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Safari retains speed crown over newcomer Chrome in OS X - Page 2

post #41 of 70
I think nobody cares about page rendering speed, as long you do not have to wait behind your screen.
When they say that the icon does not have the time to jump on the dock, Google people meant that their application launches very fast and is very responsive.
And I must admin Safari is a big piece of memory hungry software. I especially hate the "top site" tab, which can sometime take some minutes to appear on a busy systems (I had to deactivate it, even if it I like the idea), causing the whole Safari to stall. And I have a fast MacBookPro with 4Gb of RAM.
Firefox is always very responsive, and Gogle chrome is even better !
post #42 of 70
Quote:
Originally Posted by DJRumpy View Post

As to the speed tests, simply testing Java speed isn't all that interesting to me. In addition, as to the numbers above, a tenth of a second isn't all that significant to the end user. Web pages are not 100% java..

What's Java got to do with the price of fish? This article is talking about javascript... they are about as related as Obama and Bush.

Javascript is NOT the script of Java
post #43 of 70
Quote:
Originally Posted by solipsism View Post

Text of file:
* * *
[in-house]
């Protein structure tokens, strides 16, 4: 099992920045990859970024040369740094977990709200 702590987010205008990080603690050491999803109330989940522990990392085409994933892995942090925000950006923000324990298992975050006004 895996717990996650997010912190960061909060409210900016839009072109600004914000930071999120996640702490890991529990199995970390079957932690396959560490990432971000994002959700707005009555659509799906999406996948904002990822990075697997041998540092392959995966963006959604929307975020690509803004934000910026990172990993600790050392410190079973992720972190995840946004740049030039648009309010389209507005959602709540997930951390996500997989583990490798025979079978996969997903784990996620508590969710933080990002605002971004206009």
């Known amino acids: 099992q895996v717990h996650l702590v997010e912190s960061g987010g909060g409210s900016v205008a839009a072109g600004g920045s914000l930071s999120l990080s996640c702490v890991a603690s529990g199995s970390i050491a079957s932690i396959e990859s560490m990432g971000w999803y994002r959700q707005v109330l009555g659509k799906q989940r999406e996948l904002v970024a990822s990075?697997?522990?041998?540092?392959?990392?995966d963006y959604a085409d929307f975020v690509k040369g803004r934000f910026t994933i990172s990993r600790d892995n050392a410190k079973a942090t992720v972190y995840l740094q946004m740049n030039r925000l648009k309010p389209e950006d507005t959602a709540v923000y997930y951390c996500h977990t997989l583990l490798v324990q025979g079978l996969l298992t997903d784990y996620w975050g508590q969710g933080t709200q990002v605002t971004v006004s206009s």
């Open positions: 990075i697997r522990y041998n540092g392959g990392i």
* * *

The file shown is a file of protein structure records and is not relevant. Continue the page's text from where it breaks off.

This test wasn’t with WebKit but with the JS engines each browser uses. Safari and default builds of WebKit use the Nitro JS engine while Google decided to go with their own V8 JS engine for Chrome.

Turn off Javascript and test the WebKit Engine performance. They have test for this specifically designed to test the progress within their respective project forks.

Run the test harness suite against Eiphany, WebKit Nightly, Chrome, Qt, wx, Haiku, etc.
post #44 of 70
Safari will turn into a slug when asked to render this site
http://radar.weather.gov/Conus/full_loop.php

Load time will be longer than normal. Then time to achieve animation will turn snails into racers. Once animation begins the scrolling results is not something you would want for a drive by wire auto because Safari takes a break for nearly a second before reacting to the command. All this while using up 3...5 times more CPU cycles when compared to FireFox doing the same task.